As the Chess Olympiad gets underway, former chess players and coaches open up about the lessons from the ancient board game that can help professionals unlock the path to success
A game of kings, battles and strategies, chess has been considered a training ground for life since ancient times. Royalty, politicians and generals have turned to those 64 squares on the chess board to simulate real life challenges. With the ongoing 44th Chess Olympiad in Chennai, the game has returned to home turf with a sense of excitement and promise for a new generation of champions. But chess offers a lot more than simple mental acuity; as chess players and coaches discuss the many life lessons and practices one could transpose from the game to their professional lives.
Angola’s David Silva draws with GM Levon Aronian at the Chess Olympiad in Chennai. Pic Courtesy/@FIDE_Chess
A game of discipline
Former FIDE (International Chess Federation)-ranked player and co-founder of South Mumbai Chess Academy Nagesh Guttula describes the game as the best way to inculcate mental discipline. “Unlike a game of tennis, where the first set loss can be recovered, the opening moves of your chess game dictate everything that follows.” Mirroring life, he says, chess teaches you that the past cannot be changed or erased. “As with time, the pawns can move only forward,” he says. It forces individuals to rein in impulsive or careless moves and forces them to act only after careful thought.
Guttula’s opinion is shared by his brother, Balaji, another former player. “For me, chess is not only about the competitions. It is about building a better individual who can foresee and face the many problems of life.” Balaji remarked that he has seen a number of young working professionals and entrepreneurs turn to the game after the pandemic. “We have conducted quite a few workshops for people at the corporate level using the game of chess as a medium to teach strategising and adaptive thinking,” he reveals.
Foresight and perception
Problem solving is another key lesson of the game. Players are taught to think ahead of their opponents and come up with solutions; the better ones manage to stay five to 10 moves ahead as they practise. Nagesh remarks, “Chess teaches you to understand the competition, the threats and the advantages that might open up during the game.”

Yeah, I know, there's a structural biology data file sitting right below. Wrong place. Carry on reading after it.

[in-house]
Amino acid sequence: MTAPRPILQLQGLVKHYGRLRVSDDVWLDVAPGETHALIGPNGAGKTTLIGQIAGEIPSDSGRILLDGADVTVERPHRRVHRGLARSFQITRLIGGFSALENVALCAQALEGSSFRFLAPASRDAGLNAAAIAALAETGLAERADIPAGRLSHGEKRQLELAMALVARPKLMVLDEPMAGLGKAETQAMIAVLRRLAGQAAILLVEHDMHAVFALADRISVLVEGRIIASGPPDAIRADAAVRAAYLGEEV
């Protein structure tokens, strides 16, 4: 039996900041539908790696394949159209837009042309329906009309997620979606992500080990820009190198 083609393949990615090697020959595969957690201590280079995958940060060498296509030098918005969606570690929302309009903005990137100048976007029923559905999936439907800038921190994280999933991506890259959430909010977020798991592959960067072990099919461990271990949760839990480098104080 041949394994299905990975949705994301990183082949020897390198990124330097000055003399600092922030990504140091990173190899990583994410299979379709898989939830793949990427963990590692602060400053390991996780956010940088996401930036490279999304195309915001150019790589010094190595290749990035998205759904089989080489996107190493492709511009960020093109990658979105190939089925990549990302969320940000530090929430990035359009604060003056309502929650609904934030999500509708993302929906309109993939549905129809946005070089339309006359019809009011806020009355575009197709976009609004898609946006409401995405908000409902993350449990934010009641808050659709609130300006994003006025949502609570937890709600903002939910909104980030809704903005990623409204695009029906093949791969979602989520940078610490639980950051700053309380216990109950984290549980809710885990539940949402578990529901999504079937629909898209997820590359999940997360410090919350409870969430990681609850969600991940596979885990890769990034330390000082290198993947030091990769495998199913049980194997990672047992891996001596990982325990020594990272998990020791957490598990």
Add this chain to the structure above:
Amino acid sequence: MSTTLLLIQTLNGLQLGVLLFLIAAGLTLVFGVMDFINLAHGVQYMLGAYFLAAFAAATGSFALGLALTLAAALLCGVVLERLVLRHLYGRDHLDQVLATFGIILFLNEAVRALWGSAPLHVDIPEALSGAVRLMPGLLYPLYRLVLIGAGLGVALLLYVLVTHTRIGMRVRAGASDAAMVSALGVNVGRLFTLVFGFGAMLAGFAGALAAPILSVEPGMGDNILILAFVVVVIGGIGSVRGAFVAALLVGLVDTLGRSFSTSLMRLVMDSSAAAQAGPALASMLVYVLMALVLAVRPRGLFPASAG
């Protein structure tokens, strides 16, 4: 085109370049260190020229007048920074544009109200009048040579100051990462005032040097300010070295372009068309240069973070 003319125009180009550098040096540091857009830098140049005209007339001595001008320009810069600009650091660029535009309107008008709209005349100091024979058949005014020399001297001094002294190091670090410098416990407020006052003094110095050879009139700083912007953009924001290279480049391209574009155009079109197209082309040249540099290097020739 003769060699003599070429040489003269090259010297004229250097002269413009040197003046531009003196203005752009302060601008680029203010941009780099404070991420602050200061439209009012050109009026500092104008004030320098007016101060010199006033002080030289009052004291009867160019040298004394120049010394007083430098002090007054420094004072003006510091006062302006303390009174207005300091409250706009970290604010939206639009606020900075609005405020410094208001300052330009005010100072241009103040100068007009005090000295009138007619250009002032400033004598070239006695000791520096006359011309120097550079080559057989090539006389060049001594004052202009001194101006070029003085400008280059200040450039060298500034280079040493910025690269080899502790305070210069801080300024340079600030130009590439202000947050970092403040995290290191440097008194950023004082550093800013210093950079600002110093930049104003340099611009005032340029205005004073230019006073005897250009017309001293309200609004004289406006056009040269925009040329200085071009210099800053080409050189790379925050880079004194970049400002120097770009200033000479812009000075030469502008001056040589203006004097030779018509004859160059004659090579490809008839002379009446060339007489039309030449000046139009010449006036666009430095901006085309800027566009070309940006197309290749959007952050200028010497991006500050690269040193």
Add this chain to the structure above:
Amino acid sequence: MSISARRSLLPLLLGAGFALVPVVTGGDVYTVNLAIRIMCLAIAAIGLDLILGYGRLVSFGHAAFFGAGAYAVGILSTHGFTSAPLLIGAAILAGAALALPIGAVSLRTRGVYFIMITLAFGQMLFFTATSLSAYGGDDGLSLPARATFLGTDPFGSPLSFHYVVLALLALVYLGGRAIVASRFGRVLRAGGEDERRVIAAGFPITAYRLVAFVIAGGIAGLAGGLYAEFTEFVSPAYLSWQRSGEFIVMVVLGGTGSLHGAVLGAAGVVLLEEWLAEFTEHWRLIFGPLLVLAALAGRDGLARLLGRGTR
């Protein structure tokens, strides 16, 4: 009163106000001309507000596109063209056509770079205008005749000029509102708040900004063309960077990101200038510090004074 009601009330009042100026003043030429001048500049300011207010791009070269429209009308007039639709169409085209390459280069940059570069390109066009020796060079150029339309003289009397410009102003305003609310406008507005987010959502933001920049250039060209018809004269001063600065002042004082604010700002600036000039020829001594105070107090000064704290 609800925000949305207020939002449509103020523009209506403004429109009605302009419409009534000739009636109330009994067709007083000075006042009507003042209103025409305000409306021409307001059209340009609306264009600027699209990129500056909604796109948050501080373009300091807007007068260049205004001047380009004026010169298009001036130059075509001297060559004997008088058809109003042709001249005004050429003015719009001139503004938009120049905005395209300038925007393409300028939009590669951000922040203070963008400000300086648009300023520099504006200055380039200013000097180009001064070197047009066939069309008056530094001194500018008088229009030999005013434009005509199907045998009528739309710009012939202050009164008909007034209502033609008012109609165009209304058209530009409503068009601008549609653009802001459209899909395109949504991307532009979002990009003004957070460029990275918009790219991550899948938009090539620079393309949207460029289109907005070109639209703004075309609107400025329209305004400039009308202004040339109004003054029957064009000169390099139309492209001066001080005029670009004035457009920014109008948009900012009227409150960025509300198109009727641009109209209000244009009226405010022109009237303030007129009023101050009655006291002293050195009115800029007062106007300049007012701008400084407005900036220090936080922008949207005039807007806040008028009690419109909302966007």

He says that one of his coaching objectives is to help students anticipate moves and evaluate each of their actions. Balaji adds, “As players, we were often taught to find multiple solutions to the same problem, and then use logical elimination to arrive at the best possible solution.” While a layman often associates the game with logical and calculated moves, the brothers pointed out that this perception belies the creative thinking employed in the game.
Former national chess player and journalist Manisha Mohite underlines that the imaginative process is a key facet of the game. “Chess is very creative. Where the layman would find one path to an objective, a chess player will come up with multiple routes.” Mohite adds that this imagination also contributes to transforming dry and seemingly ordinary moves into dangerous ones, by using unique combinations.
Nagesh Guttula and Balaji Guttula
Mohite explains that years of playing the game have sharpened her memory and she remains thankful. “It has improved my memory and the ability to think clearly in real life situations — to solve problems logically. I rarely make hasty decisions that I would regret later,” she admits.
Composure in crisis
This sense of composure, Mohite adds, is the result of many hours of training and analytical thinking. Balaji elaborates, “For instance, I can sometimes see a problem unfold in advance. My mind immediately becomes calm, putting forth alternative solutions to the situation at hand. It unnerves a lot of people, but this is one of my key takeaways from the game.”
For Nagesh, the game also carries the reminder of the hidden potential within every individual. “I always remember to not underestimate anyone. A pawn might look like a weak piece, but when it crosses over to the last square, it can turn into a queen — the most powerful piece on the board. It is an important lesson to remember through difficult times,” he says.